Gordon Campbell | Parliament TV | Parliament Today | Video | Questions Of the Day | Search

 


Consents fall well short of targets

Phil Twyford
Housing spokesperson

10 July 2014

Consents fall well short of targets

Auckland Council’s chief economist has published data showing Auckland is on track to build only half the number of houses the Council says the city needs to keep up with demand, says Labour’s housing spokesperson Phil Twyford.

“The Council’s Auckland Plan says the city needs 13,000 a year just to keep up with demand, but residential building consents in the year to May were only 6,778.

“Not only has Housing Minister Nick Smith failed to build a single new house in the Special Housing Areas he announced a year ago, but his much-hyped consent figures are falling way below what is needed.

“Consents are running at only half the 13,000 needed, and two-thirds of the target of 9000 set for the first year of the Auckland Housing Accord.

“No wonder QV says the average house price is now $718,285, and prices have gone up 45% since December 2008.

“There is a crippling shortage of houses in Auckland, and the Government’s approach of tweaking the planning rules and hoping the market will fix itself is clearly not working.

“With consents running at only 6778 over the last 12 months, Nick Smith’s targets of 13,000 in year two and 17,000 in year three are looking like a fool’s errand under current Government policies.

“Labour will take a more hands-on approach to urban development in the city, and use Kiwibuild to deliver 10,000 affordable homes every year for ten years,” says Phil Twyford.

ENDS

© Scoop Media

 
 
 
 
 
Parliament Headlines | Politics Headlines | Regional Headlines

 

Gordon Campbell: On What John Key Should Be Asking Joe Biden

No doubt, US Vice-President Joe Biden will be updating Prime Minister John Key on the chances of a TPP vote taking place in the ‘ lame duck’ session of Congress that’s held between the November’s election and the inauguration of a new President in January. More>>

ALSO:

Make NZ Make Again: Greens Will Establish A Minister For Manufacturing

The Green Party announced today that it will establish a Minister for Manufacturing in Cabinet, to better represent the interests of manufacturers and ensure they thrive. The Minister will be inside Cabinet and have responsibility for the long-term interests of the manufacturing sector. More>>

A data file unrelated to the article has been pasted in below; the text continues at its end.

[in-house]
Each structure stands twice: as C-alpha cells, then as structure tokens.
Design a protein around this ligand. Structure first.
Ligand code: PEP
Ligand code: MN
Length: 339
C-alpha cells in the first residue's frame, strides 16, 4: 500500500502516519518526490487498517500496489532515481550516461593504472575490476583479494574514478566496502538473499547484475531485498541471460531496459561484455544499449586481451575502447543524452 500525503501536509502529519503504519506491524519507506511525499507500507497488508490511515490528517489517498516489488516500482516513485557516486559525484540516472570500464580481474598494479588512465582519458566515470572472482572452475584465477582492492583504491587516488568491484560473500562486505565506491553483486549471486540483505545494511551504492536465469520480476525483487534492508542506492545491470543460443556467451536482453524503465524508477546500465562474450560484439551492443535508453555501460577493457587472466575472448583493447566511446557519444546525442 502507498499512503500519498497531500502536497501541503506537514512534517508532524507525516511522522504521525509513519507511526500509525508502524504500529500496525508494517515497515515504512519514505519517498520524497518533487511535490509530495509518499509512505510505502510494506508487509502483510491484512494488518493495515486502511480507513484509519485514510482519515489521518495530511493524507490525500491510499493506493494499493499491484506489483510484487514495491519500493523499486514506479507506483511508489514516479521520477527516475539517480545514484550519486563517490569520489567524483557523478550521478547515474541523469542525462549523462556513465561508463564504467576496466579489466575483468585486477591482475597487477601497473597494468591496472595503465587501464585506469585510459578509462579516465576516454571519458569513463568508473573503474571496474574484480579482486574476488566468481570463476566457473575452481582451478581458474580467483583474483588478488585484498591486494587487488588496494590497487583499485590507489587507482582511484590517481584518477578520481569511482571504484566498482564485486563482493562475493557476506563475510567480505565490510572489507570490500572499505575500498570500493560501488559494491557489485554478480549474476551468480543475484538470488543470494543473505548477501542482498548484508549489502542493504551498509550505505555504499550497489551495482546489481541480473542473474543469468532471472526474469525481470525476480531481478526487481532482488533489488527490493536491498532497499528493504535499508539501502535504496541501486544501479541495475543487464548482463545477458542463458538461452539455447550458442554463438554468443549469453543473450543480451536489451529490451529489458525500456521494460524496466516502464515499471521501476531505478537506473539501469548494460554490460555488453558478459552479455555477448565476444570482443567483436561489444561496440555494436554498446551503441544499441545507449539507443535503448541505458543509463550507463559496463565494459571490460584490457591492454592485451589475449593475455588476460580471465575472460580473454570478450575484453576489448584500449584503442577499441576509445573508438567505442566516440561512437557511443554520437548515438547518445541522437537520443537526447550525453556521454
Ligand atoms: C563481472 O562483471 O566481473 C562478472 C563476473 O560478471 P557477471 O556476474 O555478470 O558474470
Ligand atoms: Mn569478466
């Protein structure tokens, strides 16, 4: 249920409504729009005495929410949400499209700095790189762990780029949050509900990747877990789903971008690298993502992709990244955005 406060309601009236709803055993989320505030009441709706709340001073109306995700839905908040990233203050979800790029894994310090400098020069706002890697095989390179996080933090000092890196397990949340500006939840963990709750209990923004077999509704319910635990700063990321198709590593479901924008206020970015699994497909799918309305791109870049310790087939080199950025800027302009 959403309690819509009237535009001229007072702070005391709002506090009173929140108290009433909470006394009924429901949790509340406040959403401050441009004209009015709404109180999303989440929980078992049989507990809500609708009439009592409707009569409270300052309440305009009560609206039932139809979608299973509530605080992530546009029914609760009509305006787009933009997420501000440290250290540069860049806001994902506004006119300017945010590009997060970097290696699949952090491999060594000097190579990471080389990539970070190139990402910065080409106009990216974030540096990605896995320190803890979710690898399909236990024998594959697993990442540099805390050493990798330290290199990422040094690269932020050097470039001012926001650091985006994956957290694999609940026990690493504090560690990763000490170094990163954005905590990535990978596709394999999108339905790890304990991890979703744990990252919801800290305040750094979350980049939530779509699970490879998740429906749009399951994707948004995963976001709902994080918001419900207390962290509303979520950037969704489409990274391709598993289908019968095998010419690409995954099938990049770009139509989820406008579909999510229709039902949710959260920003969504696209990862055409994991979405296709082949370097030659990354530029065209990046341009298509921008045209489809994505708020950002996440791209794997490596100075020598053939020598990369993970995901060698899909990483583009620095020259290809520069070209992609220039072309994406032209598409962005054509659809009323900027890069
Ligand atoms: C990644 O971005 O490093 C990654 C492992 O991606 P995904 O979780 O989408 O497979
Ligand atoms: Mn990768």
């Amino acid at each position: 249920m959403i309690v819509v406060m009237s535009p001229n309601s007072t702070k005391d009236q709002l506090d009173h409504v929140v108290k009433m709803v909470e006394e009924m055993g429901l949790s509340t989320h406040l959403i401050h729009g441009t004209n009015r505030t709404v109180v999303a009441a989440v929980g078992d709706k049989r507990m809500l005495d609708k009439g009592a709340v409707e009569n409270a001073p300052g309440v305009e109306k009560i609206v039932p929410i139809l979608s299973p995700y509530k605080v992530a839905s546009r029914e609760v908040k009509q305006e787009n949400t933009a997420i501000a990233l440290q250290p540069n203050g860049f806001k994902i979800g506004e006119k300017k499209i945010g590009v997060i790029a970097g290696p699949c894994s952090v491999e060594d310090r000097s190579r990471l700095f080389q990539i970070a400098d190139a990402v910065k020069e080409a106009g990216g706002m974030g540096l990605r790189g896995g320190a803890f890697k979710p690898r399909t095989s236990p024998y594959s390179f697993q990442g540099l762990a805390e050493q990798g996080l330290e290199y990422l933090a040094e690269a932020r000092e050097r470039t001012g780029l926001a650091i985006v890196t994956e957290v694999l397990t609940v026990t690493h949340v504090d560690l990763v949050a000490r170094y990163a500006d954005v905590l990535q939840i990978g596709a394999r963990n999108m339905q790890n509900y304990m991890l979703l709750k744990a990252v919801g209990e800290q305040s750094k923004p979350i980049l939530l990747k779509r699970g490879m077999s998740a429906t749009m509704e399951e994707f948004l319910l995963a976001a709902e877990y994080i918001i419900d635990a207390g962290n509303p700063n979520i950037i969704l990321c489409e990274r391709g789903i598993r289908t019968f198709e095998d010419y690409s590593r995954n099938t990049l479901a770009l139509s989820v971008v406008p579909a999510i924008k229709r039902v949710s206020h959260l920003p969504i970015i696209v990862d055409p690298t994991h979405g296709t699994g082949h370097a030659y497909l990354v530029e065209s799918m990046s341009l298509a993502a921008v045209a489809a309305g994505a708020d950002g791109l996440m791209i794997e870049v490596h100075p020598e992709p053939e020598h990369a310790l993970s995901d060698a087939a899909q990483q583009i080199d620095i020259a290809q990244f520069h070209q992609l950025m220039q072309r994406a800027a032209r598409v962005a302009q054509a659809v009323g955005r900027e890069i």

ALSO:

Cannabis Party: Treasury Figures On Cost Of Criminalisation

Figures released by Treasury prove the economic viability of The Cannabis Party's policy, while destroying the credibility of police claims about cannabis harms. More>>

ALSO:

Green Party: Investigation Into Mental Health Facilities Shows Disarray

The Health Minister must urgently launch an inquiry into mental health services, after serious issues with the standard of care at mental health and disability facilities around the country were revealed today, the Green Party said. More>>

ALSO:

Apparently He Means 'Years 0-8': Seymour Announces 4th Partnership Schools Application Round

“The continuing growth of this policy reflects the achievement of the eight existing Partnership Schools, and the strong levels of interest educators and community leaders are showing in the Partnership Schools model and what it offers students and their families,” Mr Seymour says. More>>

ALSO:

Trust Directors: Urban Māori Win Case Against Te Ohu Kai Moana

The National Urban Māori Authority (NUMA) and Te Waipareira Trust have succeeded in their claim over a $20 million trust set up for the benefit of urban Māori, meaning all directors of the trust must represent Māori who are not affiliated with an iwi. More>>

New Model: Carbon Tax Could Lower Emissions And Boost Economy

A carbon tax targeting emissions-intensive industries, along with a revamped Emissions Trading Scheme (ETS), could boost economic growth, with the extra tax generated used to cut GST from 15 percent to 12.5 percent. More>>

ALSO:

Budget Docs Release: ACC Sought $158mn In Budget 2016, Got $26.4mn

The Accident Compensation Commission requested an extra $158 million in funding for 2016/17 from the government ahead of Budget 2016, but Treasury instead recommended an interim payment of just $26.4 million be funded to tackle demographic changes, papers published by the government show. More>>

ALSO:

Submissions Sought: Māori Party Joins Opposition Housing Inquiry

People who are homeless, those who were once homeless, those working with the homeless and concerned New Zealanders are being asked to share their experiences and solutions to this growing issue with the Cross-Party Homelessness Inquiry. More>>

ALSO:

Get More From Scoop

 

LATEST HEADLINES

 
 
 
 
 
 
 
 
 
Parliament
Search Scoop  
 
 
Powered by Vodafone
NZ independent news